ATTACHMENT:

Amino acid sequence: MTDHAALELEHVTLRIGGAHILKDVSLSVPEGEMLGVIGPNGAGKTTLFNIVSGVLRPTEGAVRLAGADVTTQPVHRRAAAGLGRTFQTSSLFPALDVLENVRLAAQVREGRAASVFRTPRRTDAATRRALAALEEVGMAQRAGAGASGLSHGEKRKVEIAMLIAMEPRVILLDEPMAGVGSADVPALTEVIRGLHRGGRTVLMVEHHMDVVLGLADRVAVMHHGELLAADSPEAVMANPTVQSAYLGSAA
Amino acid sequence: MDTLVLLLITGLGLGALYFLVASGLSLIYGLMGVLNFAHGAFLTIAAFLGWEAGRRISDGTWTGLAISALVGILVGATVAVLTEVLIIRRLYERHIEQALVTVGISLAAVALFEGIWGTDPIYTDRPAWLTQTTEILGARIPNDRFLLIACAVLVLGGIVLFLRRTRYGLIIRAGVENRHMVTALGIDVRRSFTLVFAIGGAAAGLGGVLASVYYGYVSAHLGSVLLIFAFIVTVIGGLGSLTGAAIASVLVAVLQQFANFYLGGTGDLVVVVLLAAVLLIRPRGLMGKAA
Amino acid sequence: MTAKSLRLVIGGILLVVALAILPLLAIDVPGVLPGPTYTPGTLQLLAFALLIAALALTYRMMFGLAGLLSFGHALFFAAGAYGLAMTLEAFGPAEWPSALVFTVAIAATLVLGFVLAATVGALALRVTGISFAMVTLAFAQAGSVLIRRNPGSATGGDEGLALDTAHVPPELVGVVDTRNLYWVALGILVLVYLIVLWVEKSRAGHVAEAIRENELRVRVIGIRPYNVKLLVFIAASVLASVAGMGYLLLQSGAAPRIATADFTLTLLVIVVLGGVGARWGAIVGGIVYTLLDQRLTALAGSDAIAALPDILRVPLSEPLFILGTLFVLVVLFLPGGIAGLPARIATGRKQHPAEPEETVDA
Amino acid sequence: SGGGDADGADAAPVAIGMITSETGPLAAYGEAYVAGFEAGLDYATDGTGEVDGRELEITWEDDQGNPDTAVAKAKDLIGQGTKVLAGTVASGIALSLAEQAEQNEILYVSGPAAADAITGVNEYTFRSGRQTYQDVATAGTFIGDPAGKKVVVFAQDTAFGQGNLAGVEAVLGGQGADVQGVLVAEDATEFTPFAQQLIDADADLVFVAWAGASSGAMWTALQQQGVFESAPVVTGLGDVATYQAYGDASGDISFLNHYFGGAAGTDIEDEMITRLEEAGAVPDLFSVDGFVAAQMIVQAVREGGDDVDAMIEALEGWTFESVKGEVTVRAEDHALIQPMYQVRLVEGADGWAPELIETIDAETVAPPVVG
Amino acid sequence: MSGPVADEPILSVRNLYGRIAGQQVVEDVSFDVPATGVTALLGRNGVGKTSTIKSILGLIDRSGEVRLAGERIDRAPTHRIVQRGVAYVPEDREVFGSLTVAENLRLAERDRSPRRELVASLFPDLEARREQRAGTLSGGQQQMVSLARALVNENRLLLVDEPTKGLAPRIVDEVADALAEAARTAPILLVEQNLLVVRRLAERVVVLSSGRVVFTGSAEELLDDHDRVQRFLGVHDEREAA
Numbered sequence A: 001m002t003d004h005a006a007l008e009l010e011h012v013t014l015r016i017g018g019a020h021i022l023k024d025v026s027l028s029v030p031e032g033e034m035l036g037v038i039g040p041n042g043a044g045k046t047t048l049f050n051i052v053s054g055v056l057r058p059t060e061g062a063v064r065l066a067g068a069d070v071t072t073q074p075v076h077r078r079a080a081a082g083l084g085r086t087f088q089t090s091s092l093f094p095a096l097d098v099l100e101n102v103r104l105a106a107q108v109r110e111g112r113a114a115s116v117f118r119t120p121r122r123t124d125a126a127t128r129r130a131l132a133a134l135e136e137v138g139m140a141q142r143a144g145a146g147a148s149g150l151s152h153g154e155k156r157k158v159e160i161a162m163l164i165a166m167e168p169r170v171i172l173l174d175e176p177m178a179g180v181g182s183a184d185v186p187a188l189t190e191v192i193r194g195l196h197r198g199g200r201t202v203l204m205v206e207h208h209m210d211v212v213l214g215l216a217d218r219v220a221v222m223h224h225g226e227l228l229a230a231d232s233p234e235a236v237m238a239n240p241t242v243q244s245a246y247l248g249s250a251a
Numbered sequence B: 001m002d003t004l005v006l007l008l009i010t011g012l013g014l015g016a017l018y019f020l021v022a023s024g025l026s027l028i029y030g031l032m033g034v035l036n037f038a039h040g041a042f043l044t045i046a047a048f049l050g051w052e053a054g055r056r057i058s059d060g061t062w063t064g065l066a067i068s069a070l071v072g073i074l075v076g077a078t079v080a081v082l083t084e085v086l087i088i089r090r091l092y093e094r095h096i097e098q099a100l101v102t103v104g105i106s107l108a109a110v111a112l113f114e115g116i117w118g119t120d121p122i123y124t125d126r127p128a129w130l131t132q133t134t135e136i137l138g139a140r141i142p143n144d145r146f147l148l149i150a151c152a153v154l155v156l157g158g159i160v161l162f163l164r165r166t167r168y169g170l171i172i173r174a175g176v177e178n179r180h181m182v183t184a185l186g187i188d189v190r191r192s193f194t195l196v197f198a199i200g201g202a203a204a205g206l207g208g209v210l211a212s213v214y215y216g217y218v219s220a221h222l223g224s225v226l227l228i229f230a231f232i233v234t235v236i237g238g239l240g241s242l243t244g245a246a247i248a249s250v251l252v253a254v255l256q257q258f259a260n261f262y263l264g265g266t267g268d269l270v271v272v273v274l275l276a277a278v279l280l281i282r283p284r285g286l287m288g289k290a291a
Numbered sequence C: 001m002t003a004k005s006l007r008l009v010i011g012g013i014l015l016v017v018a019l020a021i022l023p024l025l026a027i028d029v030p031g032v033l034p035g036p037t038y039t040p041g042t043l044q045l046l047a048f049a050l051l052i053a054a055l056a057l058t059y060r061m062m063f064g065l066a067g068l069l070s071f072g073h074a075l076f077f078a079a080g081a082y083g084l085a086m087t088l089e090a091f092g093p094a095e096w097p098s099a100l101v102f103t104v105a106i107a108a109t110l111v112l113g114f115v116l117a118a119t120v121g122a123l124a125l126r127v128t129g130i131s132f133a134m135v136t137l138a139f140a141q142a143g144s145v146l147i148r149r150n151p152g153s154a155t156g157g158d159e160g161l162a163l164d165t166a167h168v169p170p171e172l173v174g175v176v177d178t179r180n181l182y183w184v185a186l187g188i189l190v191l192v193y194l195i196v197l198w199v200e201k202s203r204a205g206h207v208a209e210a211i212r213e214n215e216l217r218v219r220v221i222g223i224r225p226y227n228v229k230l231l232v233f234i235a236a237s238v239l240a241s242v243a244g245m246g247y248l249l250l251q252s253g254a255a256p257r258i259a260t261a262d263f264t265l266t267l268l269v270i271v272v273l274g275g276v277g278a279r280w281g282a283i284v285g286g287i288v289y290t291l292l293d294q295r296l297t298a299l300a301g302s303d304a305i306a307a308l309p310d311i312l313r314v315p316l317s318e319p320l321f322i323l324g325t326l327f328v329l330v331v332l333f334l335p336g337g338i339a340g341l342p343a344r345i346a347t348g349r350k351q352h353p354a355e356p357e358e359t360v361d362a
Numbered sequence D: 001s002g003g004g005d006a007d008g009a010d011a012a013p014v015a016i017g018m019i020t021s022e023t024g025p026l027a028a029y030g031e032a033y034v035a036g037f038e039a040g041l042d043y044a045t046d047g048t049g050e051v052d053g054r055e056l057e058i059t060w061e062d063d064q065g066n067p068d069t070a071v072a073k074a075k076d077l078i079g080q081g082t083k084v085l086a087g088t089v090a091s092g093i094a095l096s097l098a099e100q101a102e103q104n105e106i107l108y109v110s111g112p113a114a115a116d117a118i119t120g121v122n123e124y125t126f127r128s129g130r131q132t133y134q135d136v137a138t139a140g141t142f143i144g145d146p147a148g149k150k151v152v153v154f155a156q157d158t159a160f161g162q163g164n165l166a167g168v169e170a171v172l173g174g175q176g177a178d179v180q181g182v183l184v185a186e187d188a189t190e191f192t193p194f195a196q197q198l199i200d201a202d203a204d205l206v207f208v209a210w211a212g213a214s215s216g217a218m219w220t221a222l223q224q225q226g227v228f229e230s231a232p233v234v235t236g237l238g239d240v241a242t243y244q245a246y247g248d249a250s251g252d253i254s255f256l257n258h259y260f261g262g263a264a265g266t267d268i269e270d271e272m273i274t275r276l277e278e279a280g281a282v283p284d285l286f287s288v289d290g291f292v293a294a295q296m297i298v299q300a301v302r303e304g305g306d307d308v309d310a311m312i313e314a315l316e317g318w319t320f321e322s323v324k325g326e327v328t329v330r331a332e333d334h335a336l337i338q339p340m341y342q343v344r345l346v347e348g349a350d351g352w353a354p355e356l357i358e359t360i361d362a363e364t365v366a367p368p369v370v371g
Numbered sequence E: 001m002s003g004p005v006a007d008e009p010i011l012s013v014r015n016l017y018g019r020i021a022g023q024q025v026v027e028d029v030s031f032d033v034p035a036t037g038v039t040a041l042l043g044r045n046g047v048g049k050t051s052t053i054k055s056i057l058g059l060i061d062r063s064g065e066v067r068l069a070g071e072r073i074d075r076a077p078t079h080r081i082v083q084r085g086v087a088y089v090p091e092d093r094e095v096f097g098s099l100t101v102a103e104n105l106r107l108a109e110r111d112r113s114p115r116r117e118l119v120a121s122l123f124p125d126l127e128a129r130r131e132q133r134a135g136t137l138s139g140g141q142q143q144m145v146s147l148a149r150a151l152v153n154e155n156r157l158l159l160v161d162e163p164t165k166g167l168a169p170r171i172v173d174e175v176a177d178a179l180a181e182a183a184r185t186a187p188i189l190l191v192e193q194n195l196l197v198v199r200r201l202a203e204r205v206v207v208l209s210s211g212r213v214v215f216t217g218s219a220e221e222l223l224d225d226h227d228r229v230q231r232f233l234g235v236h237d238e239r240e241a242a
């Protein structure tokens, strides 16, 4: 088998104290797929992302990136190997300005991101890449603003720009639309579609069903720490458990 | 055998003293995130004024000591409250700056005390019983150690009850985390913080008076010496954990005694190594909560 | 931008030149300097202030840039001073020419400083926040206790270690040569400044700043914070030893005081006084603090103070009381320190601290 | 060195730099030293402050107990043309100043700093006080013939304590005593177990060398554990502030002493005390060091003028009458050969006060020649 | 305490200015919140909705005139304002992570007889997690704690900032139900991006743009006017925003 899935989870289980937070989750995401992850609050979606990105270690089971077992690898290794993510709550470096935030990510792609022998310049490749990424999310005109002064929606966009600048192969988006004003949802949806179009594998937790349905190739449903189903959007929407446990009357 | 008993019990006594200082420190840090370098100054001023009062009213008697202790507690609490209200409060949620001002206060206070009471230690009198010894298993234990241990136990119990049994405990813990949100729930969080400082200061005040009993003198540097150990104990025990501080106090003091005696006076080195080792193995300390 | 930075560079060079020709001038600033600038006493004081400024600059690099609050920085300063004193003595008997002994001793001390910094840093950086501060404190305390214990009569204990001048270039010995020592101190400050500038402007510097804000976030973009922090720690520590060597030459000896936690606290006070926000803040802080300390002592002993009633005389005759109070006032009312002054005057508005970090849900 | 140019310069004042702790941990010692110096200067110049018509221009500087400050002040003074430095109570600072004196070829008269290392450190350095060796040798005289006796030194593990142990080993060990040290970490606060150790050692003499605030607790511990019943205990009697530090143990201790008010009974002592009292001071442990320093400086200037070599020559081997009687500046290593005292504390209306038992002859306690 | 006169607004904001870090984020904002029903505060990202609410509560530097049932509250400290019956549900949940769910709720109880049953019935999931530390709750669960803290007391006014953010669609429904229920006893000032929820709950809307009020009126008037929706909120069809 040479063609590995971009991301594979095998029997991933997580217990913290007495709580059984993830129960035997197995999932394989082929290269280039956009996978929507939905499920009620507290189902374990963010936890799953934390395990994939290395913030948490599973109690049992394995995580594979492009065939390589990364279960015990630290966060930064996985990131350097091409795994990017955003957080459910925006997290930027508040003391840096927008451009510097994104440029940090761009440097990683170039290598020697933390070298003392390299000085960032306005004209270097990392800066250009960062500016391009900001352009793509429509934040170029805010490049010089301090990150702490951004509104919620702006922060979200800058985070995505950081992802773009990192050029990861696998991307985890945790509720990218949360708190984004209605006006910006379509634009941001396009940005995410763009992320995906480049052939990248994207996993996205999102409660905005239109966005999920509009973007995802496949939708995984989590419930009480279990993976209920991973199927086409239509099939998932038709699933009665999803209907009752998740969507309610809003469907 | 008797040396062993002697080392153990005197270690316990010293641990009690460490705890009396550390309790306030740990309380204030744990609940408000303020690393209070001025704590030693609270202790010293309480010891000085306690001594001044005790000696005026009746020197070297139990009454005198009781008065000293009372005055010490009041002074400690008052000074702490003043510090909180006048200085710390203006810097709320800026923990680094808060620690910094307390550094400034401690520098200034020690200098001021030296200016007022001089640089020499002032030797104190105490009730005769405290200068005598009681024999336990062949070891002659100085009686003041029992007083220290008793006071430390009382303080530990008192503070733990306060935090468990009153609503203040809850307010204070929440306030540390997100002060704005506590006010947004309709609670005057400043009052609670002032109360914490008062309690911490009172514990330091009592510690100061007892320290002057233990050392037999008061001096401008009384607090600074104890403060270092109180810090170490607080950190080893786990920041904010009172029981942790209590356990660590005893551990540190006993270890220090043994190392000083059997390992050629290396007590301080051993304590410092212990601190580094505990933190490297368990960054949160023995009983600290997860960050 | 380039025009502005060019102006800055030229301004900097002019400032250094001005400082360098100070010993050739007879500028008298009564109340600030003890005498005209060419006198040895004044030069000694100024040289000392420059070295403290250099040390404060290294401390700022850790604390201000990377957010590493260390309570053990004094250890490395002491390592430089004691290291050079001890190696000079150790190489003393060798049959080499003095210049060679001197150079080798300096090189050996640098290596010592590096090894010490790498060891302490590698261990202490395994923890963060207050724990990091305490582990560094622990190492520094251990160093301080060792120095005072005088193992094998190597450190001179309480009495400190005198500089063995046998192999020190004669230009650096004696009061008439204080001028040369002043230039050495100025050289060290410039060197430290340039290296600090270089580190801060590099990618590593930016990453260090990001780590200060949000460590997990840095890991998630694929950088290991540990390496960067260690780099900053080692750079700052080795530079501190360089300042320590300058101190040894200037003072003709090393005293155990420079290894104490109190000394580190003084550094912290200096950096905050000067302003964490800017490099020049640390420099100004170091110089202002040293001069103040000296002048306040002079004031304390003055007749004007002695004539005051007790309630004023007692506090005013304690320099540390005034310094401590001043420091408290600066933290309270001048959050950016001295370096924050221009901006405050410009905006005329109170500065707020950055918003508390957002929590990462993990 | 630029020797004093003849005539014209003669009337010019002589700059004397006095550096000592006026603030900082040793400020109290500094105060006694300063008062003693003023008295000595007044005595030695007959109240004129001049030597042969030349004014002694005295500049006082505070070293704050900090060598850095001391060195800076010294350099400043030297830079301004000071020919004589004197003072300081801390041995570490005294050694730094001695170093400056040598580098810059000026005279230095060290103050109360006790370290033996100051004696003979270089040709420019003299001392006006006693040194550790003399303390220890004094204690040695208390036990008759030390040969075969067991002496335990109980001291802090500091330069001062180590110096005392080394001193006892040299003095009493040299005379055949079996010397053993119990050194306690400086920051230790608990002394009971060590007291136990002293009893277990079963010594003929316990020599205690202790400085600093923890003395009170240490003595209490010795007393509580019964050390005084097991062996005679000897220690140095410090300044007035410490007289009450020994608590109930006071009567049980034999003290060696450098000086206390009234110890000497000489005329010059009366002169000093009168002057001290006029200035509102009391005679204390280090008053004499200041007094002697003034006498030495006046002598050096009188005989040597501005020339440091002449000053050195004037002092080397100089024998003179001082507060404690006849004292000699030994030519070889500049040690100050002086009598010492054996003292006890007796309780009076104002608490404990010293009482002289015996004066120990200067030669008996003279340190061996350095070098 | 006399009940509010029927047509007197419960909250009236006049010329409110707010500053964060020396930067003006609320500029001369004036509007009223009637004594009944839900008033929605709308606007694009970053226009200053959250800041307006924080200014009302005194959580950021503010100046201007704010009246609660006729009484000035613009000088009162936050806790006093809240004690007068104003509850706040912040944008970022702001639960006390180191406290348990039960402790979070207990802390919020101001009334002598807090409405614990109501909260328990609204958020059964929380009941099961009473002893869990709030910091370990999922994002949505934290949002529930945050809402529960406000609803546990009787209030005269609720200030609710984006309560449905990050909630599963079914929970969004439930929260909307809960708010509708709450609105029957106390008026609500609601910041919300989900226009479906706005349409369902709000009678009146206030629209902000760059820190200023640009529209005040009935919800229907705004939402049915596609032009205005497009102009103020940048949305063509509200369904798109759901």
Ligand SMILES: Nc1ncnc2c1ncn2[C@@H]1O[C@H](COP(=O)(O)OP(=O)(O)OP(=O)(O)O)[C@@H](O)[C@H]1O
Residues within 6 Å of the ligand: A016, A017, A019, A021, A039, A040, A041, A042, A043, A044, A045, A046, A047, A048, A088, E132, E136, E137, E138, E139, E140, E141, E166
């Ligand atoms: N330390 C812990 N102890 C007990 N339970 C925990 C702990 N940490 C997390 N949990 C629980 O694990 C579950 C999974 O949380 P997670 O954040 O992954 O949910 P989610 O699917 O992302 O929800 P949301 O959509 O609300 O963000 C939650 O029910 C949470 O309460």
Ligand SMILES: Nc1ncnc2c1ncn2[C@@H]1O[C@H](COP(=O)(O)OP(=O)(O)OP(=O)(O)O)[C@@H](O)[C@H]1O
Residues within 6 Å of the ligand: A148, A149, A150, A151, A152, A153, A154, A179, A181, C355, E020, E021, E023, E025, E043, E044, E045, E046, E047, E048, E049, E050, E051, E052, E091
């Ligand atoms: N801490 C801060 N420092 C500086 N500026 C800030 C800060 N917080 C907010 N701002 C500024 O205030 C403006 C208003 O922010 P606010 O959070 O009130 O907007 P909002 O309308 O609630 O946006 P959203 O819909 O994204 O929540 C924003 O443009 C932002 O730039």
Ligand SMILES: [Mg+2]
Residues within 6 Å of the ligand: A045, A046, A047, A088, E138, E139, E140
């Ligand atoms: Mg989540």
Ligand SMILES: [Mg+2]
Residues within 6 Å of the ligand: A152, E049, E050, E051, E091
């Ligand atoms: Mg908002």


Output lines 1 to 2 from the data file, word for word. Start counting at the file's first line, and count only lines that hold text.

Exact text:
Amino acid sequence: MTDHAALELEHVTLRIGGAHILKDVSLSVPEGEMLGVIGPNGAGKTTLFNIVSGVLRPTEGAVRLAGADVTTQPVHRRAAAGLGRTFQTSSLFPALDVLENVRLAAQVREGRAASVFRTPRRTDAATRRALAALEEVGMAQRAGAGASGLSHGEKRKVEIAMLIAMEPRVILLDEPMAGVGSADVPALTEVIRGLHRGGRTVLMVEHHMDVVLGLADRVAVMHHGELLAADSPEAVMANPTVQSAYLGSAA
Amino acid sequence: MDTLVLLLITGLGLGALYFLVASGLSLIYGLMGVLNFAHGAFLTIAAFLGWEAGRRISDGTWTGLAISALVGILVGATVAVLTEVLIIRRLYERHIEQALVTVGISLAAVALFEGIWGTDPIYTDRPAWLTQTTEILGARIPNDRFLLIACAVLVLGGIVLFLRRTRYGLIIRAGVENRHMVTALGIDVRRSFTLVFAIGGAAAGLGGVLASVYYGYVSAHLGSVLLIFAFIVTVIGGLGSLTGAAIASVLVAVLQQFANFYLGGTGDLVVVVLLAAVLLIRPRGLMGKAA